Suits you: we’re trying Tibi’s menswear line out for size
‘Last spring, I found myself drawn to a lot more feminine colours,’ says Amy Smilovic, founder of Tibi, gesturing to a rail upon which clean oversized blazers in hues of fresh lemon and pale dusky pink hang. ‘If you saw a runway show of all these pretty pastels, you wouldn’t necessarily assume it was Tibi. So I thought the best way to masculinise them is to put them on men.’
In September 2018, at Tibi’s spring/summer 2019 show — held in a disused bank on Wall Street just around the corner from the brand’s studio on Broadway — a handful of male models walked down the runway wearing relaxed tailored trousers, oversized suit jackets and knitted polo shirts in shades of caramel, sky blue and soft pink. But contrary to what the catwalk suggested, this wasn’t Smilovic announcing a new menswear line. It was a mere styling trick. ‘We thought, if the audience saw the womenswear pieces on men, they weren’t going to think that Tibi has gone really frilly,’ says Smilovic, who founded the New York-based label in 1999. ‘They were going to see it the way we wanted it to be seen.’
As it turned out, Canadian e-tailer SSense saw exactly what they wanted to see, too — advanced suiting for men, distinct from the traditional Italian tailoring brands and streetwear labels dominating the current menswear scene. ‘SSense came to us after the show and said it was what they were missing,’ she says. ‘We found out about this gap in the market in a roundabout way.’ Initially launched as a trial with SSense, the range was so successful Smilovic has had to put pieces back into production in the middle of the season, after SSense sold out.
‘We’re now expanding it to other retailers,’ she says. Amy Smilovic plans to build the offering slowly, incorporating it into the Tibi flagship store in New York and taking on a select few retail partners — it won’t yet have presence on the Tibi website. The 20-piece collection will span the categories, including a coat, two blazers, sweaters and trousers. ‘It’s a capsule that really ticks off all the parts of your day and your lifestyle,’ she says. ‘That’s what makes it unique.’
What’s also unique is this symbiosis with the women’s collection. The menswear offering will be the same, altered slightly in size to account for narrower hips and longer limbs. ‘The adjustments are really slight because all of our patterns always start with such a menswear feel,’ says Smilovic, of the brand’s signature suiting that is always made from menswear fabrics. ‘We were geared up to rebuild all the gradient scales for sizing, but our womenswear pieces are so loose anyway that we didn’t have to. The shoulders on our blazers are already 50 inches, for a US size four.’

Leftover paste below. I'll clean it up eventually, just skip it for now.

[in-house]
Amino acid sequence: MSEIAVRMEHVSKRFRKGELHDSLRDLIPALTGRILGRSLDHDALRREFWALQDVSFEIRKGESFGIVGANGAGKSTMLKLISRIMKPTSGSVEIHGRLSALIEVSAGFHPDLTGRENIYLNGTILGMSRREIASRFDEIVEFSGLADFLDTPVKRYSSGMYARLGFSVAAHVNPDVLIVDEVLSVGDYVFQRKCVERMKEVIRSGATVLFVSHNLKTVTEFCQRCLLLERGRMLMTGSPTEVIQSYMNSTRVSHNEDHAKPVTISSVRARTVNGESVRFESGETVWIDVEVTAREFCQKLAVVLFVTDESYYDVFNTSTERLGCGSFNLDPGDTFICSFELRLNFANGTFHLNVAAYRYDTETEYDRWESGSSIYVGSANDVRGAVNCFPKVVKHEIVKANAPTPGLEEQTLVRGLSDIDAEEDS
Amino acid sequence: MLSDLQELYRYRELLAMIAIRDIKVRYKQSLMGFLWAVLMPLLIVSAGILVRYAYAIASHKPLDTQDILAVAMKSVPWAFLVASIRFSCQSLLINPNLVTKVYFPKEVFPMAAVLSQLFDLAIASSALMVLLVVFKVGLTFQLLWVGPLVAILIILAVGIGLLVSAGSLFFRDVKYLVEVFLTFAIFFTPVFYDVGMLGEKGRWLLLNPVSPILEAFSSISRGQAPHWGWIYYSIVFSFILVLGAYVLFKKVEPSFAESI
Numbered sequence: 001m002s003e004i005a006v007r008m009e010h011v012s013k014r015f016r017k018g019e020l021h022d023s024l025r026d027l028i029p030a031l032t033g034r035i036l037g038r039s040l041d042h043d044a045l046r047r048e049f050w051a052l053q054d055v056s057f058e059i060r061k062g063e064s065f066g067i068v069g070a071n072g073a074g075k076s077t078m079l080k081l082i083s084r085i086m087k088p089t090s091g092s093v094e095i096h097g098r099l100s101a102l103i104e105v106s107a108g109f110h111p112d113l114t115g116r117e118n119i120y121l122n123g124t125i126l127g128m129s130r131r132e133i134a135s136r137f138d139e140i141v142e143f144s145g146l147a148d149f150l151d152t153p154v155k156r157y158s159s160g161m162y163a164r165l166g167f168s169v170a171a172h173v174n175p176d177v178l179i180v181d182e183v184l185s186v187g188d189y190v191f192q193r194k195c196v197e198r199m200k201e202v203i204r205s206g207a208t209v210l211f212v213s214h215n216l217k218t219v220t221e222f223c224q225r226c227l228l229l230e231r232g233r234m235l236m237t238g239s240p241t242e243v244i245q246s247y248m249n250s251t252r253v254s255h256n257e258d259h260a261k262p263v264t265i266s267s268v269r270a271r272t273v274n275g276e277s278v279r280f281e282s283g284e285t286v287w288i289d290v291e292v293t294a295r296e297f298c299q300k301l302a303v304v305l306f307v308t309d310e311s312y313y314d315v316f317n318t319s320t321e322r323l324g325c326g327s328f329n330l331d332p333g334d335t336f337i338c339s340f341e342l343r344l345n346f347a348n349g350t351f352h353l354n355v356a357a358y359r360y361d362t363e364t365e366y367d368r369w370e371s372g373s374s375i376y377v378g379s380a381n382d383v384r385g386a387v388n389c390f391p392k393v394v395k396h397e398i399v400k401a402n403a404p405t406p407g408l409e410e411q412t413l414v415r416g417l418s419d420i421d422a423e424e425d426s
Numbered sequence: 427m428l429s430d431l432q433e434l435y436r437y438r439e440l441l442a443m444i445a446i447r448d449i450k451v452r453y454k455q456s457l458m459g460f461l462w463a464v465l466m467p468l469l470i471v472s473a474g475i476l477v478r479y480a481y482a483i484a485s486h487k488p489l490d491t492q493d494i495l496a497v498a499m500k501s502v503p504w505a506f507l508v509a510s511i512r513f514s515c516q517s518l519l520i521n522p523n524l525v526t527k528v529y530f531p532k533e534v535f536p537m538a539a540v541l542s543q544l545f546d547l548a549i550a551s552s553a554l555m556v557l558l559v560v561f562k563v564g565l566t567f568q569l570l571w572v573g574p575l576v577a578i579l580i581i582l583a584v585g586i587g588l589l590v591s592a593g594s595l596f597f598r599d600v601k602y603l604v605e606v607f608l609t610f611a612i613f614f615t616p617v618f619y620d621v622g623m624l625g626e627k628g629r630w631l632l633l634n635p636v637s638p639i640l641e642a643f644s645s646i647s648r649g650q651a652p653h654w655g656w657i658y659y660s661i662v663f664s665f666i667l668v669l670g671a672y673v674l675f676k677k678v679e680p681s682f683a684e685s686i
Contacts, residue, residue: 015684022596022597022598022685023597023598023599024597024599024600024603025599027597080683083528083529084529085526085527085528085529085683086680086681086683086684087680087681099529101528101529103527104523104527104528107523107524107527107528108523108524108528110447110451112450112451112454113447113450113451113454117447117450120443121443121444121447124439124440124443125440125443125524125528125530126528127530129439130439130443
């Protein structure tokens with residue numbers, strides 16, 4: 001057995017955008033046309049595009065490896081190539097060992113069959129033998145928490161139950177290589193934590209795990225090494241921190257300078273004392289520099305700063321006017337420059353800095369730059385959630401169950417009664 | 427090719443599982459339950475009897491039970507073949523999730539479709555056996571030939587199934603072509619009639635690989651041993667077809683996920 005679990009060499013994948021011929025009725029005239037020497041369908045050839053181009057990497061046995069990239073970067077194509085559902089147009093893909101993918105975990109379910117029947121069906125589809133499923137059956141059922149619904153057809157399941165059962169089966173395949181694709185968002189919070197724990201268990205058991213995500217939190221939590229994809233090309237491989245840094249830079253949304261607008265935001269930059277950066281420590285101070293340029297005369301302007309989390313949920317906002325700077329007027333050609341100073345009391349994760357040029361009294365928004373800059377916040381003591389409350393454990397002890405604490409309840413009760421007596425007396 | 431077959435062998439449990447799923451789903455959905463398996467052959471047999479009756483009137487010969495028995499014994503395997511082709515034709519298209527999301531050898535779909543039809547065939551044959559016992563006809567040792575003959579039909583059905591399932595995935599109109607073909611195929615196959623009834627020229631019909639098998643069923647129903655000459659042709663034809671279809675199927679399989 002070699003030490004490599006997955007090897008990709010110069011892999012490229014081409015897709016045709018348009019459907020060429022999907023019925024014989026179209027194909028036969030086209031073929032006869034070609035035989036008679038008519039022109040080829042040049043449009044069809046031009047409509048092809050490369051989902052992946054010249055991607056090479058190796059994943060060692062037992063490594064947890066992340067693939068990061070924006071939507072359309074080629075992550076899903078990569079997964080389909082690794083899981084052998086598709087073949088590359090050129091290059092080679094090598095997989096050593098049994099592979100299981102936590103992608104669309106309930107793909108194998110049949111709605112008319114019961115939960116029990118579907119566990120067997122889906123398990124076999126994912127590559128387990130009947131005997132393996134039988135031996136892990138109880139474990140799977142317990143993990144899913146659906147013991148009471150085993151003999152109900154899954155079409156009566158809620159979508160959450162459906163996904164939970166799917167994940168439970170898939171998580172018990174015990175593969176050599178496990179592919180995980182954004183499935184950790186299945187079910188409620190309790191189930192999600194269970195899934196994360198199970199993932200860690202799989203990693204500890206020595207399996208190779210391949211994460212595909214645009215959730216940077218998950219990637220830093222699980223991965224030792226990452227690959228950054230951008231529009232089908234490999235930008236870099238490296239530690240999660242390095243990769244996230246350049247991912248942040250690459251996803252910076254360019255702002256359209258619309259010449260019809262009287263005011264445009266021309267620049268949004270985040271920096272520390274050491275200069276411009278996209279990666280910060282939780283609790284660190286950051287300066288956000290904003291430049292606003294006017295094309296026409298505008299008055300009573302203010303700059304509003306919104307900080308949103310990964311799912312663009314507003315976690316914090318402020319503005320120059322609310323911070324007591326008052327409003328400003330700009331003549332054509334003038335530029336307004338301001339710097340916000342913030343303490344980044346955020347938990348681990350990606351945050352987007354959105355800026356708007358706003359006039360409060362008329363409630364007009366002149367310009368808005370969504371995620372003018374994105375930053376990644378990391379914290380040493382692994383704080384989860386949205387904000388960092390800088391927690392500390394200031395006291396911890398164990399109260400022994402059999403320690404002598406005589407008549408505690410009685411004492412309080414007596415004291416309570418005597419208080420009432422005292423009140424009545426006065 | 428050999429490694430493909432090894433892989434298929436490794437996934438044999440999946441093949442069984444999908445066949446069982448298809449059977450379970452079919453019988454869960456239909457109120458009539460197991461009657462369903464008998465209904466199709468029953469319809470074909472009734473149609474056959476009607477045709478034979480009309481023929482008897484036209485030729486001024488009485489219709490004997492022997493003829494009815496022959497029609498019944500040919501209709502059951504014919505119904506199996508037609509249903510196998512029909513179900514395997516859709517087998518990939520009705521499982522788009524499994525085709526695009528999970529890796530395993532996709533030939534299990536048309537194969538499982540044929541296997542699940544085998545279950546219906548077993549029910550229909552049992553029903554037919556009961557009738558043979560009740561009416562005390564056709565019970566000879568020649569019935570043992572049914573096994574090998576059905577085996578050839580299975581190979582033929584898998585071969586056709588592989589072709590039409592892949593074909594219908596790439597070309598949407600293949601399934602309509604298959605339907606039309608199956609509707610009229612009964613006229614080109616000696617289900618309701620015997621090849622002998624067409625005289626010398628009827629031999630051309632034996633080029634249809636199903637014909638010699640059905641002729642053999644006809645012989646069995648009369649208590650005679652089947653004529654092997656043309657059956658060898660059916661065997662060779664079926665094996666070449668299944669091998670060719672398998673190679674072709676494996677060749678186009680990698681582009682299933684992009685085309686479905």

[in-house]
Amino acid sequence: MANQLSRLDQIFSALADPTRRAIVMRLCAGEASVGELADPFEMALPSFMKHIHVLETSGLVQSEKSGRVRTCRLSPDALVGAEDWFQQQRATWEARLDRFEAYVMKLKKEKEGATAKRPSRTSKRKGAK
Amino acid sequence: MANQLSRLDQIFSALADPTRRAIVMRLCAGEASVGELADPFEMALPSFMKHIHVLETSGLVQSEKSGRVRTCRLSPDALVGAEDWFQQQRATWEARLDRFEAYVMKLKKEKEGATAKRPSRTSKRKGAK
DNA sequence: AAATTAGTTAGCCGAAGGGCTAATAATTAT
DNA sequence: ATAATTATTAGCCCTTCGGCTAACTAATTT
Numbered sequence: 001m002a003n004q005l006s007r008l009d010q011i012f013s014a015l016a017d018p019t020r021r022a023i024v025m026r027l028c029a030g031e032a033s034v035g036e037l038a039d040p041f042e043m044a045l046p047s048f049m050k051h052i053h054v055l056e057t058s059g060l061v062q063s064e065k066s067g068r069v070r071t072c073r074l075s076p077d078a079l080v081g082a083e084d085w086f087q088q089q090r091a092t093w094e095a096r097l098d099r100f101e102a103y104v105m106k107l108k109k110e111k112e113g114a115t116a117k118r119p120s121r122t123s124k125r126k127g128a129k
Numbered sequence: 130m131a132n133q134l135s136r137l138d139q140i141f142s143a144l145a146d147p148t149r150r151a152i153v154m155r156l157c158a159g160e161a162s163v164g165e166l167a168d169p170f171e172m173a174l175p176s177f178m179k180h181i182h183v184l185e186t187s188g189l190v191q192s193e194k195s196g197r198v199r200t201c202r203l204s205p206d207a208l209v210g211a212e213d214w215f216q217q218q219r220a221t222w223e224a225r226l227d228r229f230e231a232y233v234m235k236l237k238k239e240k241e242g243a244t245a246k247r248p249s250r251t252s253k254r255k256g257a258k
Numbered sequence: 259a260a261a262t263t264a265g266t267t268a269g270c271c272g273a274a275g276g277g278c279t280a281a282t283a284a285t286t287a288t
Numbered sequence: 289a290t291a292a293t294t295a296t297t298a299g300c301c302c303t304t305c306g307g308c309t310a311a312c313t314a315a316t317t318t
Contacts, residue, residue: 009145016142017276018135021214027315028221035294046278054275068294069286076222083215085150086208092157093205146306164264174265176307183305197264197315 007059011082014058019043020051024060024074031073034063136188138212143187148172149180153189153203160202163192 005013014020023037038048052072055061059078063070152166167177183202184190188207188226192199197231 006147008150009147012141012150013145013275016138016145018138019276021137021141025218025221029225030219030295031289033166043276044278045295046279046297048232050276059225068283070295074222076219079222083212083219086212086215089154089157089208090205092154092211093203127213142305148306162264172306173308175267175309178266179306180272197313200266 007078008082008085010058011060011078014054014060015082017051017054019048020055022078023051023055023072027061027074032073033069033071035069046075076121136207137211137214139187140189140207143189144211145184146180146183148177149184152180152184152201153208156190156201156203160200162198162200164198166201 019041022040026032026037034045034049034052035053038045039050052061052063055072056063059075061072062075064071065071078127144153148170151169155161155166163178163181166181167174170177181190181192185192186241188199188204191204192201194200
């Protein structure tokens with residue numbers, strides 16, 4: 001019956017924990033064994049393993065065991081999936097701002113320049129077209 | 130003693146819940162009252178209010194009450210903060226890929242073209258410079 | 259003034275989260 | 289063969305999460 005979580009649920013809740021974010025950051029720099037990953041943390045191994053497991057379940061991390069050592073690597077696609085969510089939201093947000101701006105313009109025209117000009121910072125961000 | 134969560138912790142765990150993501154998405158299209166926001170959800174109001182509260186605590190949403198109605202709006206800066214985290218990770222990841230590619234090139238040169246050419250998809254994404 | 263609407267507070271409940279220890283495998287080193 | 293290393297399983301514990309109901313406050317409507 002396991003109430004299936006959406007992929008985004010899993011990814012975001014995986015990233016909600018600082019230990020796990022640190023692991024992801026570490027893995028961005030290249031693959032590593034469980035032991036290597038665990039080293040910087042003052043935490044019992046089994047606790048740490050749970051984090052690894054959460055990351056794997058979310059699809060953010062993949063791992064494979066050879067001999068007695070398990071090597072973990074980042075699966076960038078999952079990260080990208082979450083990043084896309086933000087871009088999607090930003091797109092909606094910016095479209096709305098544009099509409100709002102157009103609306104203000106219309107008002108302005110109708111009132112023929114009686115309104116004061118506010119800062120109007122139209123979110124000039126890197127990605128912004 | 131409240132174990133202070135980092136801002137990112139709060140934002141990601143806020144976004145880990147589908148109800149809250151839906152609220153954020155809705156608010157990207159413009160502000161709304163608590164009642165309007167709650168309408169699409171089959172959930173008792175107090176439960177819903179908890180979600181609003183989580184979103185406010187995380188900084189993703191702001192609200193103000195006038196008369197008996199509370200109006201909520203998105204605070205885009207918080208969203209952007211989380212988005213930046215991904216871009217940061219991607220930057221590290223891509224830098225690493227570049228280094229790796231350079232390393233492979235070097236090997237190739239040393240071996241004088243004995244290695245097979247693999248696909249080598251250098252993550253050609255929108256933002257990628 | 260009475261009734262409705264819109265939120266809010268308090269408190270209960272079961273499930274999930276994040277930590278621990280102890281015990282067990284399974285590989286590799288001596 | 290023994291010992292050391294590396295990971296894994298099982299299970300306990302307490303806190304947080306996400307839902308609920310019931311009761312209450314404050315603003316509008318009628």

It helped that Smilovic’s pattern makers trained in menswear. But she did draft in a male fit model, and next on her agenda is hiring a permanent menswear specialist to help oversee the design and wear-test the prototypes. ‘My team and I live in the clothing, we put the samples on our body so we know if we are fidgeting or uncomfortable,’ she says. ‘I’m not a guy so I cannot bring this to the table. I don’t want to all of a sudden convince myself that that’s not important.’
For now, she’s tapping into the men she does have in the studio, who have been wearing Tibi’s menswear pieces for the past few months. Its official introduction is a natural evolution of a brand which is renowned for its playful yet functional approach to everyday dressing. ‘I’m excited to explore a new customer but it’s so uneventful at the same time,’ she says. ‘Menswear has always been so important to me and to the brand.’ Without it, Tibi wouldn’t be Tibi — whether it’s a woman wearing the suit, or a man. §